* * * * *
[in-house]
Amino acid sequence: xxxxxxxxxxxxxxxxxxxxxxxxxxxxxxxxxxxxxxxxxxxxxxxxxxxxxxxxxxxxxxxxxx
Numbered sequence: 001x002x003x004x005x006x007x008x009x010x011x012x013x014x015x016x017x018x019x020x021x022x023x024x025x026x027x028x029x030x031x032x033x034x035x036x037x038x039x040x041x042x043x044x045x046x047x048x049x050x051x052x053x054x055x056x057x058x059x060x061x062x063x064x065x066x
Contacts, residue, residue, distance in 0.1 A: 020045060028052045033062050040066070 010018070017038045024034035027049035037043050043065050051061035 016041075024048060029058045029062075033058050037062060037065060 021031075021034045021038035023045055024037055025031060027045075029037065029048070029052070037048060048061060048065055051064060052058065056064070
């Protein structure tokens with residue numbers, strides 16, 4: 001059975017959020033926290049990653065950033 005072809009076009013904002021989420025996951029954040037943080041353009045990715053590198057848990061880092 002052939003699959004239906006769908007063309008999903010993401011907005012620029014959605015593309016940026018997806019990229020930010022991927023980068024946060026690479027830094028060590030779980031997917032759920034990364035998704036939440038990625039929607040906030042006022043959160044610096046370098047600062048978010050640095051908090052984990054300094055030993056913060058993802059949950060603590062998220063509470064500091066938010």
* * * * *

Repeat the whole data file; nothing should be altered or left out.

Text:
[in-house]
Amino acid sequence: xxxxxxxxxxxxxxxxxxxxxxxxxxxxxxxxxxxxxxxxxxxxxxxxxxxxxxxxxxxxxxxxxx
Numbered sequence: 001x002x003x004x005x006x007x008x009x010x011x012x013x014x015x016x017x018x019x020x021x022x023x024x025x026x027x028x029x030x031x032x033x034x035x036x037x038x039x040x041x042x043x044x045x046x047x048x049x050x051x052x053x054x055x056x057x058x059x060x061x062x063x064x065x066x
Contacts, residue, residue, distance in 0.1 A: 020045060028052045033062050040066070 010018070017038045024034035027049035037043050043065050051061035 016041075024048060029058045029062075033058050037062060037065060 021031075021034045021038035023045055024037055025031060027045075029037065029048070029052070037048060048061060048065055051064060052058065056064070
């Protein structure tokens with residue numbers, strides 16, 4: 001059975017959020033926290049990653065950033 005072809009076009013904002021989420025996951029954040037943080041353009045990715053590198057848990061880092 002052939003699959004239906006769908007063309008999903010993401011907005012620029014959605015593309016940026018997806019990229020930010022991927023980068024946060026690479027830094028060590030779980031997917032759920034990364035998704036939440038990625039929607040906030042006022043959160044610096046370098047600062048978010050640095051908090052984990054300094055030993056913060058993802059949950060603590062998220063509470064500091066938010």